Skip to main content

Long read: The beauty and drama of video games and their clouds

"It's a little bit hard to work out without knowing the altitude of that dragon..."

If you click on a link and make a purchase we may receive a small commission. Read our editorial policy.

The Banking Game

How the economics of gaming shed light on the financial crisis.

A child has just keeled over from exhaustion on my factory floor. I could have stopped it; when they get to that state you can give them a glass of water and they get straight back to the production line. But I've found it's cheaper to give them training instead of water. If a kid's looking peaky I can spend a little cash to have him trained up. He'll get over his exhaustion and he'll work faster. It's a win/win situation. If I let them work to the cusp of collapse before training them I maximise the amount of time they can work. I don't have to hire new workers and I don't need to waste money on a water fountain.

Littleloud's Sweatshop has me making decisions like this all the time. Do I hire older, specialised workers or just go the brute force route of creating a large (but cheap) child workforce? There's even an elegance to it, finding methods within the rules of the game to win. The factory floor is like a black box in which anything goes.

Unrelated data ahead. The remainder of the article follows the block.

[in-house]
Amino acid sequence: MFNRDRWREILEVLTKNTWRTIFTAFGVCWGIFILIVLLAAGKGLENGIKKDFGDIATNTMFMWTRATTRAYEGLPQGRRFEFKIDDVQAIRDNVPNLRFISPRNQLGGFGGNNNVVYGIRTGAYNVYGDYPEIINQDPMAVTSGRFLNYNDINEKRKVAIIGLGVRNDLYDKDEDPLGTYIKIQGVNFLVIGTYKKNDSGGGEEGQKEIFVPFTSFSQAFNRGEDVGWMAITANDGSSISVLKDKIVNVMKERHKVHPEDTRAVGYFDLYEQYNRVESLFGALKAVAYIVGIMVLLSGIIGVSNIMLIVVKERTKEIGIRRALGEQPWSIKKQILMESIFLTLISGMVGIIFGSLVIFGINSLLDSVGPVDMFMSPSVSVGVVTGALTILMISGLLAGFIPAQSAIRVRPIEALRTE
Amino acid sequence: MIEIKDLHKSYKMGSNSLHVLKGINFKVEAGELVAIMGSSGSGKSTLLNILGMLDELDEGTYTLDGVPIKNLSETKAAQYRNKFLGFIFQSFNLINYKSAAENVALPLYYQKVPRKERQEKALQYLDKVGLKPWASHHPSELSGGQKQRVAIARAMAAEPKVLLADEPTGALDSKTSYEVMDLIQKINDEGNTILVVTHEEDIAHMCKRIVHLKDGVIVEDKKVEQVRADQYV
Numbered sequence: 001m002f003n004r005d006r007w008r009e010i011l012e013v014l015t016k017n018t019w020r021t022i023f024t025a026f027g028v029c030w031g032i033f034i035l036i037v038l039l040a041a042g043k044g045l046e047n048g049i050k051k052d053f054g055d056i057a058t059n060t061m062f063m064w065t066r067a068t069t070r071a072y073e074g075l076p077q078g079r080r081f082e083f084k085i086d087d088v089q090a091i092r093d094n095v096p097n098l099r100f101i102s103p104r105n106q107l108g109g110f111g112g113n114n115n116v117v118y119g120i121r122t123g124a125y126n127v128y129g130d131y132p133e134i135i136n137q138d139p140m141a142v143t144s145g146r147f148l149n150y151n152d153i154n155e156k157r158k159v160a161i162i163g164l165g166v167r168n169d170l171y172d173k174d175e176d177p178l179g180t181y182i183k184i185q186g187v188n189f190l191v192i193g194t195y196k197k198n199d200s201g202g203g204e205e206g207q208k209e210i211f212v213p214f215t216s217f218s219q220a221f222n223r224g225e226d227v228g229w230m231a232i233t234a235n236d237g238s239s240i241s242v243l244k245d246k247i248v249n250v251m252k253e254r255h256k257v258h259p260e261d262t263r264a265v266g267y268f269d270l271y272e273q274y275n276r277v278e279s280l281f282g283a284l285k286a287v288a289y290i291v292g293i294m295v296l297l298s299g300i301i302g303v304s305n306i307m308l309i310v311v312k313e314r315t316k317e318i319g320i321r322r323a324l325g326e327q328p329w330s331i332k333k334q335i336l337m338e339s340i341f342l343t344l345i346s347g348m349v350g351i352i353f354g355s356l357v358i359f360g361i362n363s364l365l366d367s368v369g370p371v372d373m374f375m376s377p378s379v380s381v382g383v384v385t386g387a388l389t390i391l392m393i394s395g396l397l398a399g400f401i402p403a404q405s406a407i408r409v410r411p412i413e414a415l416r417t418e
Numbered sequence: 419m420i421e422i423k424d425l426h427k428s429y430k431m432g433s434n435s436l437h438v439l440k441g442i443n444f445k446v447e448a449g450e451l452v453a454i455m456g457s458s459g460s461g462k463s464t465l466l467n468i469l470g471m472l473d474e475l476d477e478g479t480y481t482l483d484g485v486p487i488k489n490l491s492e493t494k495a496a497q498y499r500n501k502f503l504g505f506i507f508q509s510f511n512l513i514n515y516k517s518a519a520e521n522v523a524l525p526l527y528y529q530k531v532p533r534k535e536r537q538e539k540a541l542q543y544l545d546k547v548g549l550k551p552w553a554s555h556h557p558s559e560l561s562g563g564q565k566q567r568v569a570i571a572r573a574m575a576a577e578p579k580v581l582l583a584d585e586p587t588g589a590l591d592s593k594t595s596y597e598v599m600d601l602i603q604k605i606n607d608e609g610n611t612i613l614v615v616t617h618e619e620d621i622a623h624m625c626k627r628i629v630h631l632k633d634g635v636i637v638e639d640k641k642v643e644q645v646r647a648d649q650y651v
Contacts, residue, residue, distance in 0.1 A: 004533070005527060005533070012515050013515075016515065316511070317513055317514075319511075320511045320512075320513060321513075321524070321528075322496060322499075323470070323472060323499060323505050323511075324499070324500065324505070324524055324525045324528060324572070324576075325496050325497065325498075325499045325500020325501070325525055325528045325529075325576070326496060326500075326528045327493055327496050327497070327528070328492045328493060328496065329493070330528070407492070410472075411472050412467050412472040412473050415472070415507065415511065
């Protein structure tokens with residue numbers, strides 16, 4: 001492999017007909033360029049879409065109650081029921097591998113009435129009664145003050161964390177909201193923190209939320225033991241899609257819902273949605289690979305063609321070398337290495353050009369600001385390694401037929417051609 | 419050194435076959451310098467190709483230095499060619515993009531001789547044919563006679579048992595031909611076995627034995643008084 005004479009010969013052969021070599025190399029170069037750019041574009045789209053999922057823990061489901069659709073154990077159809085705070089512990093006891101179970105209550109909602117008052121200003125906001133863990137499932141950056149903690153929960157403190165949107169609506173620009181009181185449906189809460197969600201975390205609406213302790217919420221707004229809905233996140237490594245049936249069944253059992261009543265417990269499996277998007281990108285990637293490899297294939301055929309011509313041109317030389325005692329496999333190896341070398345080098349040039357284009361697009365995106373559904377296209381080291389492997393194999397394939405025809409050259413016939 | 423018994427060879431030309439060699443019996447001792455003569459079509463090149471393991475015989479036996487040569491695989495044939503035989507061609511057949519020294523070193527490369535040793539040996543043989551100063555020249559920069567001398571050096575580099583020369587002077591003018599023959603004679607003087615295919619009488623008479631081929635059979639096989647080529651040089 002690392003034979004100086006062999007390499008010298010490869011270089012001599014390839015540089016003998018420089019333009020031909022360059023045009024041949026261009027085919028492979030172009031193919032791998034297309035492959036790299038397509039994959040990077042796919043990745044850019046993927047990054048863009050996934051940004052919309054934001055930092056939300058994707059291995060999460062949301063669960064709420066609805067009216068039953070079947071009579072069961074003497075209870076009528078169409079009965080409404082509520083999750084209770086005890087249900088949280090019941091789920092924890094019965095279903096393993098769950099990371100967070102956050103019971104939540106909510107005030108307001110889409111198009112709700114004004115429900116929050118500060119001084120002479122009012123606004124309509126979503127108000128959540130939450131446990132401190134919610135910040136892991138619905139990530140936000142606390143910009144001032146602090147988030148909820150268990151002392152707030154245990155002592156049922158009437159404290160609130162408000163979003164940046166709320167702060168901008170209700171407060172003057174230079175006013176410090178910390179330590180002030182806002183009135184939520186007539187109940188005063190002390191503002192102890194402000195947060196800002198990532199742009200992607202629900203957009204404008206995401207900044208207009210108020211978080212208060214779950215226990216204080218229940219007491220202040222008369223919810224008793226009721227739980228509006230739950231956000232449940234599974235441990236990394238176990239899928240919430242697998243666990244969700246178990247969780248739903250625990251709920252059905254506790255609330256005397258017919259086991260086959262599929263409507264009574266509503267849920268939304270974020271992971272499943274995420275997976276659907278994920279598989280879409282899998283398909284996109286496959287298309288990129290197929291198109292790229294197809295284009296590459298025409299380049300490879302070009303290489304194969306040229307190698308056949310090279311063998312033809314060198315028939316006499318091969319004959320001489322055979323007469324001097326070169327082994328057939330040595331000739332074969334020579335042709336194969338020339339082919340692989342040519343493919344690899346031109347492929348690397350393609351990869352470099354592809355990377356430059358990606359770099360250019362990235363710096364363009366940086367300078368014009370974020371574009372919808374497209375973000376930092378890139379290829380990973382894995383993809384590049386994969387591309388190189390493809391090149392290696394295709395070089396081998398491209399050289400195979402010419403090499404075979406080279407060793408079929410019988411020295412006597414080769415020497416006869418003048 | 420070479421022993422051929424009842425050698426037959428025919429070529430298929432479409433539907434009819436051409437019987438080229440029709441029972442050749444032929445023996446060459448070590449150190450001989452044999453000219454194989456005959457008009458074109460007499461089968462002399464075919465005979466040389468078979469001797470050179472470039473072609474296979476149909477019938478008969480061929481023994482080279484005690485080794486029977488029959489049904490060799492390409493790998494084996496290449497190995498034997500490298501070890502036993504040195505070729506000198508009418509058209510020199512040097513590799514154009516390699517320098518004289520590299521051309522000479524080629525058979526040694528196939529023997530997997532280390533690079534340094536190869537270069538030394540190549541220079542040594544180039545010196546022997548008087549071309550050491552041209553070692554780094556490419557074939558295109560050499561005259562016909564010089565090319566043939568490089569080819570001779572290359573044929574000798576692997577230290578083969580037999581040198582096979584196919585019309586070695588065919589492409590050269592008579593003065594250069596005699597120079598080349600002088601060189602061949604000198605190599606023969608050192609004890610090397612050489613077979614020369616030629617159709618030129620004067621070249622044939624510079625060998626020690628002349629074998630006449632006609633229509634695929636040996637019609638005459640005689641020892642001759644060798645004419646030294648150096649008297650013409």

It's a similar approach that led to the largest financial crash the world has ever seen. The events of 2008 are still something that experts don't fully understand, and for the large majority of people something barely comprehended. As we learn more about the events that led to the crash, then the more parallels arise between the unregulated systems of greed that led to the crisis and the systems in the games that we play. The tools game makers employ to allow and encourage players to shed their ethics and business sense are present throughout the markets involved with the crash.

The resemblance between banking and gaming is uncanny.

Sweatshop provides an environment that, ethically, is unregulated. The game had been commissioned by Channel 4 to teach players about the moral ambiguity surrounding sweatshops and child labour, and this lack of regulation was a deliberate choice on the part of the LittleLoud's creative director Darren Garrett: "We never wanted to dictate an answer or suggest an easy solution. If there was a bunch of facts or pop-ups commenting on your in game actions then we would lose all subtlety and turn off players."